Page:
Dressed in a light floral ensemble at her record label’s office in the upscale Aoyama district, J-pop starlet May J has a look that can only be described as “free-spirit chic.” Yet she seems more concerned with a side of herself that fans can’t see.
“I have to go to Iran and find my other roots,” she declares. “I want to debut in Iran, if it’s possible. I hope I can be a positive image for Iranians.”
Having spent her whole life in Yokohama, the mixed-race singer has yet to visit her mother’s homeland. But May’s abundant curiosity about Persian culture is evident when discussing her latest album, "For You," and the stewardship of her music TV show "J-Melo."
“The image for the new album is of a garden,” the 21-year-old enthuses. “I like flowery dresses and bright colors, and my songs from this album are really positive—something you’d want to hear in spring.”
"For You" affirms May’s status as one of the leading young stars from urban-contemporary label Rhythm Zone. Promulgating the themes of love, sunshine and peace, the new record embraces a positive message to combat what May believes is a national mood of melancholy.
“A lot of artists around my age sing sad songs about crying together, but I want to make people happy,” she says. “That’s what makes me different.”
The songs on "For You" were inspired by May’s 2009 tour of Japan, a 10-week, 40-show marathon that helped her pick up on the national vibe. One thing her music has yet to reflect, however, is her own unusual life story.
May “Jamileh” Hashimoto was born to a Japanese father and Iranian mother who refused to acknowledge her Persian roots. “My mum didn’t let me speak Farsi,” she explains. “She didn’t want me to because there wasn’t a good image of Iranians in Japanese schools at that time. She didn’t even tell me I was Iranian, so I thought I was American. I didn’t even know what ‘Iranian’ meant until junior high, when I overheard my mum speaking a different language to my grandmother. She said, ‘Oh, that’s our language, we’ve been found out!’”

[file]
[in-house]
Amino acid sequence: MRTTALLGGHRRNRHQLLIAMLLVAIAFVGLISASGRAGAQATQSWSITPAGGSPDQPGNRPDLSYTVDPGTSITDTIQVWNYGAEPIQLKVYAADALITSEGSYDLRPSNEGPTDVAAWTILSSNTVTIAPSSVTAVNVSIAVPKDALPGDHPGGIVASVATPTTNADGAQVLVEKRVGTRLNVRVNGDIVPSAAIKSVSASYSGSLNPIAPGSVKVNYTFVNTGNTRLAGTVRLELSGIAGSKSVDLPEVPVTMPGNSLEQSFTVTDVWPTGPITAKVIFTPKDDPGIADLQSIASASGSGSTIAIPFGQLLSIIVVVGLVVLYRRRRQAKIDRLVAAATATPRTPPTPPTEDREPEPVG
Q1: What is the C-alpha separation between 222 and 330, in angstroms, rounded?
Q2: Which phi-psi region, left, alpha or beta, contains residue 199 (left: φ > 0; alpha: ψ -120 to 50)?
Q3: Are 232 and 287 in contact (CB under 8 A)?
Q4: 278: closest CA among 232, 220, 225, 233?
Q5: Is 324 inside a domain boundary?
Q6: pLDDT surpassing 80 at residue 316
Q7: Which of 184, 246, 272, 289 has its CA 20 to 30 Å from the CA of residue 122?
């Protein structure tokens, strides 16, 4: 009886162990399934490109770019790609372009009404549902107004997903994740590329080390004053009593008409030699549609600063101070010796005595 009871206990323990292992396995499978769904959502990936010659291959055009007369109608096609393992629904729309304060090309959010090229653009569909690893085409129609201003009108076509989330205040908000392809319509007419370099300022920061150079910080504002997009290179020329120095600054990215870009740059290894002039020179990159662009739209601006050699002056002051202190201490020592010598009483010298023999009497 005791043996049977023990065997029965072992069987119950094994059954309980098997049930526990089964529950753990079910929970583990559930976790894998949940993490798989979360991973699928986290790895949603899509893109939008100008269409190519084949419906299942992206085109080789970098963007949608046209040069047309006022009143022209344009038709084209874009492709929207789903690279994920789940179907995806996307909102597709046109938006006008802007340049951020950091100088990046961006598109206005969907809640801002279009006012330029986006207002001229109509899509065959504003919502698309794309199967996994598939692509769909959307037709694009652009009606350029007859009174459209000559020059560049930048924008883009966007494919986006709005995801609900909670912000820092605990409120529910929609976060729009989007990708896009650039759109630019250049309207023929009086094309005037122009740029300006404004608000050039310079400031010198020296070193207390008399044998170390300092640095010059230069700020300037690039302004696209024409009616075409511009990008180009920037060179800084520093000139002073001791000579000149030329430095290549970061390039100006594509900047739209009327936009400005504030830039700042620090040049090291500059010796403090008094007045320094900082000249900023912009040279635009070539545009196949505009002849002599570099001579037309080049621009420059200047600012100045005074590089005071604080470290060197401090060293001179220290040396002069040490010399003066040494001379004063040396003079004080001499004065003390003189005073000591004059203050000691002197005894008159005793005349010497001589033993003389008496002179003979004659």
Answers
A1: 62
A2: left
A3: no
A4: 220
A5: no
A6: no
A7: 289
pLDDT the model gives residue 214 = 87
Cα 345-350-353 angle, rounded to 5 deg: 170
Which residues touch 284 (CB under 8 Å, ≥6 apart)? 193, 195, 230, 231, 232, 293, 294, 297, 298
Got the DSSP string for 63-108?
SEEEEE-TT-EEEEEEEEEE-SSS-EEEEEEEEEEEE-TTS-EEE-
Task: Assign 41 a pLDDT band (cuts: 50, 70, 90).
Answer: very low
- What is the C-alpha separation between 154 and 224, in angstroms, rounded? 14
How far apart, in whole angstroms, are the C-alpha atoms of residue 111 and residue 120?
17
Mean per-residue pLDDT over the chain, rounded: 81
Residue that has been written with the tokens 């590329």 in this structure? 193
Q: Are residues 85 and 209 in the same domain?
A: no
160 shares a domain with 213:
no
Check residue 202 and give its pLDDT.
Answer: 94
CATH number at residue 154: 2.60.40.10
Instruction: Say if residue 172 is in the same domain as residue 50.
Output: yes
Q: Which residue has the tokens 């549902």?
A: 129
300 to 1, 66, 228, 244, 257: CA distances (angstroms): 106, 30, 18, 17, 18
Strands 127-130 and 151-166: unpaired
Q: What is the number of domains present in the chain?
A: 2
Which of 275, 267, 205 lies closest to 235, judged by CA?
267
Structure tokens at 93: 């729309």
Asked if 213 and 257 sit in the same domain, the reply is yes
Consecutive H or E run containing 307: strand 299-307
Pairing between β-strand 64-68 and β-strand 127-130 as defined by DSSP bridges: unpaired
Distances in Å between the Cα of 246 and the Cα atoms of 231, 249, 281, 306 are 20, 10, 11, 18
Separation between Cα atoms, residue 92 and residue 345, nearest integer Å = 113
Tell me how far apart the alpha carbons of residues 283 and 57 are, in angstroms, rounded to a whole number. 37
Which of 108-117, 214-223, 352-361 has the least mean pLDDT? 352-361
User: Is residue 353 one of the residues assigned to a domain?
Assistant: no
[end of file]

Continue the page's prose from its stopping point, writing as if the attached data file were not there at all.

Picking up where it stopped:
May only began listening to Persian music in middle school. “We didn’t really have that environment [at home],” she says. “But now we have the internet, so I search for [legendary female vocalist] Googoosh, [pop star] Afshin and other hot Persian artists.”
May’s own career began at a Sony audition at age 14, by which time she had switched allegiances from childhood idols like Christina Aguilera and Whitney Houston to Canadian rock singer Avril Lavigne. “I copied everything, her looks and music,” she recalls. “MTV had a lookalike contest and I won!”
Her tastes changed again—this time to R&B—while studying at The American School in Japan. “I started singing in English because I was so bad at singing in Japanese in high school” she confesses. “But since my debut, I started listening to more Japanese music like Ayaka. Her lyrics capture your heart, and Japanese music lovers care more about lyrics than music, so I put a lot of time into them.”
Besides her own work, May J introduces Japanese music to fans around the world via "J-Melo," a weekly show on NHK World that reaches more than 180 countries.
“I was just 19 [when I started], and I didn’t know about jazz or other genres, only R&B and pop,” she says. “We have all these amazing artists like [jazz fusion guitarist] Kazumi Watanabe that I got to meet and sing with, so I learned many things.”
The show also offers insights into what kinds of Japanese music are popular abroad. “I was surprised that viewers listen to enka!” she says. “I never listen to enka, even living here, but they understand even the deepest meaning… Requests have come from everywhere—Europe, the U.S., UAE, Peru and the UK—but the Philippines is number one.”
Next month, the singer will embark on her first solo tour, culminating in a show May 23 at Tokyo’s Shibuya-AX that she hints will include selections from the whole of her career so far. “It’s my very first tour, and I want to have big fun with my fans,” she says, “but it’s a bit of a secret!”
Might that secret involve including Persian songs in the set? Now that would be novel.
This story originally appeared in Metropolis magazine (www.metropolis.co.jp).© Japan Today